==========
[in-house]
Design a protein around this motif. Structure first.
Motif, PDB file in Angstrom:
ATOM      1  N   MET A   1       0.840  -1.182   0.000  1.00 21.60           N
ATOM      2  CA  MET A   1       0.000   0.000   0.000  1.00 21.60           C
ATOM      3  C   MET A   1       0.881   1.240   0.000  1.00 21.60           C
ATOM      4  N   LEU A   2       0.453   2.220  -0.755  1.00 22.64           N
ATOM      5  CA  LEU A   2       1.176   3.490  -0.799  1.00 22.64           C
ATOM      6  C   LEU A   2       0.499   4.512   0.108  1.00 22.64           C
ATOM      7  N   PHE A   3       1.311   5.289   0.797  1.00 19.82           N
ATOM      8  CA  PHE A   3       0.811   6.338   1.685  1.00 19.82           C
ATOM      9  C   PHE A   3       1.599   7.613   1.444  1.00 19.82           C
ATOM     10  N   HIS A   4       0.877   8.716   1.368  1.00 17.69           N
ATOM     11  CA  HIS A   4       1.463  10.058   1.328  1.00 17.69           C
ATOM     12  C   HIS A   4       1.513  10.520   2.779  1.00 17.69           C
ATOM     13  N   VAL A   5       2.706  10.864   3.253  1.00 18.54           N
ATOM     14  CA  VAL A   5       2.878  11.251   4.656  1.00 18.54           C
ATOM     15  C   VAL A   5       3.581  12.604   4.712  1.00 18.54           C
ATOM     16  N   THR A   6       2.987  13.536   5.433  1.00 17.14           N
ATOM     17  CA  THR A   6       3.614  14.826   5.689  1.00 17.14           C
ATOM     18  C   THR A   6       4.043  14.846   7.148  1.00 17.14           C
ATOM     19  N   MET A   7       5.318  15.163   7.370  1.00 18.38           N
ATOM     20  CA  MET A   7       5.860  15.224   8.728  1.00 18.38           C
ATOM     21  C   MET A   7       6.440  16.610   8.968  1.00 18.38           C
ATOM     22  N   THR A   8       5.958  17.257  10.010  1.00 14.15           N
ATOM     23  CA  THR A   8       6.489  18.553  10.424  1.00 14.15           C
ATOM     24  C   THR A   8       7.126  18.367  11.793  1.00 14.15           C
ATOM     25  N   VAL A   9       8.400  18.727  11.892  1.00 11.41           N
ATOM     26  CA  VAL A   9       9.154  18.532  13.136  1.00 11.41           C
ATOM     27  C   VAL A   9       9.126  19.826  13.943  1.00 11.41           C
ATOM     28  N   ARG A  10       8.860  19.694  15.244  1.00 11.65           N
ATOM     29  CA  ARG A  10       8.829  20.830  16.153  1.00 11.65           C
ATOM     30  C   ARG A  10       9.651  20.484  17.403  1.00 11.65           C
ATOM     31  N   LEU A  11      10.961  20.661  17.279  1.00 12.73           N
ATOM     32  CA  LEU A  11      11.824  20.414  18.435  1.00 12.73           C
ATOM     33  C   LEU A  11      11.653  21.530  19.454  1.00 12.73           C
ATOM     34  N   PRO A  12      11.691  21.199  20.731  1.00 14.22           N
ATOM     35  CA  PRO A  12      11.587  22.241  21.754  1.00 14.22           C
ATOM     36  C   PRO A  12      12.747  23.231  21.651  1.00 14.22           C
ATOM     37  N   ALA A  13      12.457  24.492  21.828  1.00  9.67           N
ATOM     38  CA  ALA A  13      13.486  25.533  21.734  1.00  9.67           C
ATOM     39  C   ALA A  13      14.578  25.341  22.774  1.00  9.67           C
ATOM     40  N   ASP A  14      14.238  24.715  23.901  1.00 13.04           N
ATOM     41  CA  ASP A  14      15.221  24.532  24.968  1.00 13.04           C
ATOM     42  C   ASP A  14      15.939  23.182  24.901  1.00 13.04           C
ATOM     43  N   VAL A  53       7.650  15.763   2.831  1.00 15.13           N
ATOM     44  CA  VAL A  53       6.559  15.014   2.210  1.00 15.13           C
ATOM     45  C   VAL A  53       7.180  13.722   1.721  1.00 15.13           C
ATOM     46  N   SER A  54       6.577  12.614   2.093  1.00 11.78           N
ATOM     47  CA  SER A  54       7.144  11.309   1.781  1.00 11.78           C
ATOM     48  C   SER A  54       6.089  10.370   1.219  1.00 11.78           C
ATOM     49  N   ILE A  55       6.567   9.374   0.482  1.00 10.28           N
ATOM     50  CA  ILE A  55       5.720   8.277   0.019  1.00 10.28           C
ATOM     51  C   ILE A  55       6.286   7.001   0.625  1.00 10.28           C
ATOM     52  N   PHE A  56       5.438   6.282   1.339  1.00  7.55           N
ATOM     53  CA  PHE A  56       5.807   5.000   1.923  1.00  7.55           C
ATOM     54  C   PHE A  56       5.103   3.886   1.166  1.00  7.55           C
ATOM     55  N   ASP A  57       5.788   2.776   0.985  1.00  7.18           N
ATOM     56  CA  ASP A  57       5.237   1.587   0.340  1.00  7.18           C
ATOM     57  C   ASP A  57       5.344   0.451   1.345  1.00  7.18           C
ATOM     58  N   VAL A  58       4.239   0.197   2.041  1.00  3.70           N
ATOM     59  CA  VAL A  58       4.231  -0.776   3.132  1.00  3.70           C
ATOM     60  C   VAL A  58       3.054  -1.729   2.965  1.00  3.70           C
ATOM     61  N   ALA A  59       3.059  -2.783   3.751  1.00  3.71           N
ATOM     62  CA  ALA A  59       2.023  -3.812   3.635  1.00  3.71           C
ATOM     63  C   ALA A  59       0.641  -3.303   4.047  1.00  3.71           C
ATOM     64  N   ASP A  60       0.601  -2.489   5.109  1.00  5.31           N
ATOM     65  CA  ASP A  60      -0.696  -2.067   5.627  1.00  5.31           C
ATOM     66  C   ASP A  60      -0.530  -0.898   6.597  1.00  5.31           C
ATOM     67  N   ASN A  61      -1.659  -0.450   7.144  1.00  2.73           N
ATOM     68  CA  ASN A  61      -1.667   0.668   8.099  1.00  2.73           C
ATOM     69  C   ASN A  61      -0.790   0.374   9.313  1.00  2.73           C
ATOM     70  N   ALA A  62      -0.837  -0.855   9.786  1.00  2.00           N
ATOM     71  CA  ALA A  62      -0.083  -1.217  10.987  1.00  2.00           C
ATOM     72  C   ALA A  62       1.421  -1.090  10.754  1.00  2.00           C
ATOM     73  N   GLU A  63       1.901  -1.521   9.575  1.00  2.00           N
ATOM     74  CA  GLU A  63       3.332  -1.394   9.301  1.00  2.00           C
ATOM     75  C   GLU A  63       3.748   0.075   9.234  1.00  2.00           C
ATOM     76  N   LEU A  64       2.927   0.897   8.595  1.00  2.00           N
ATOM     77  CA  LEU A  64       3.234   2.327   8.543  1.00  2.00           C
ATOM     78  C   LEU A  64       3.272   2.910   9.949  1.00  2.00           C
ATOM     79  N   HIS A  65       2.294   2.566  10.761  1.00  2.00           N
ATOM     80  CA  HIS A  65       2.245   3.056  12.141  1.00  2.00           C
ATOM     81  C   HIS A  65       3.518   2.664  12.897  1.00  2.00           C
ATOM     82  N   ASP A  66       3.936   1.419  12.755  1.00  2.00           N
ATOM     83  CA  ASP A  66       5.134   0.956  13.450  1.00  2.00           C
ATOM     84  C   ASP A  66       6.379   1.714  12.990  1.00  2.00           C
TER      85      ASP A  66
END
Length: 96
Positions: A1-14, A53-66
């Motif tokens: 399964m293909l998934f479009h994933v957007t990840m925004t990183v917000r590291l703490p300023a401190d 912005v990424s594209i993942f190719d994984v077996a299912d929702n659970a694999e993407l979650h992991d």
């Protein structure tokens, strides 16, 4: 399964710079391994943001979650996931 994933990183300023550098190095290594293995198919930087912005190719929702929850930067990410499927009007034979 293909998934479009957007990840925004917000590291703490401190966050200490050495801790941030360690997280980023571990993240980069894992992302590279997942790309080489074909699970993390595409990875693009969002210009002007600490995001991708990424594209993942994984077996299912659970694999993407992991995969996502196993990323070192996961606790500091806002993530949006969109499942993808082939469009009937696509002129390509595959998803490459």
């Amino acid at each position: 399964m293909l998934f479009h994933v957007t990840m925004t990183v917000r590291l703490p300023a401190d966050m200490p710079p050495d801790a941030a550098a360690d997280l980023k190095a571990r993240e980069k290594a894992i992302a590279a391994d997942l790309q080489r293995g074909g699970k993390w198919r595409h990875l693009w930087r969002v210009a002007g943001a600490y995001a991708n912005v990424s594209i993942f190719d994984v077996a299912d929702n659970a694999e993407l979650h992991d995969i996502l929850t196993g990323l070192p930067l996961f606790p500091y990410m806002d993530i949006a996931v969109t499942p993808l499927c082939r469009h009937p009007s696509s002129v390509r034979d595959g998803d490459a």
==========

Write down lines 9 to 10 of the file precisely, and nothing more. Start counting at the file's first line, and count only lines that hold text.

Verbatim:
ATOM      6  C   LEU A   2       0.499   4.512   0.108  1.00 22.64           C
ATOM      7  N   PHE A   3       1.311   5.289   0.797  1.00 19.82           N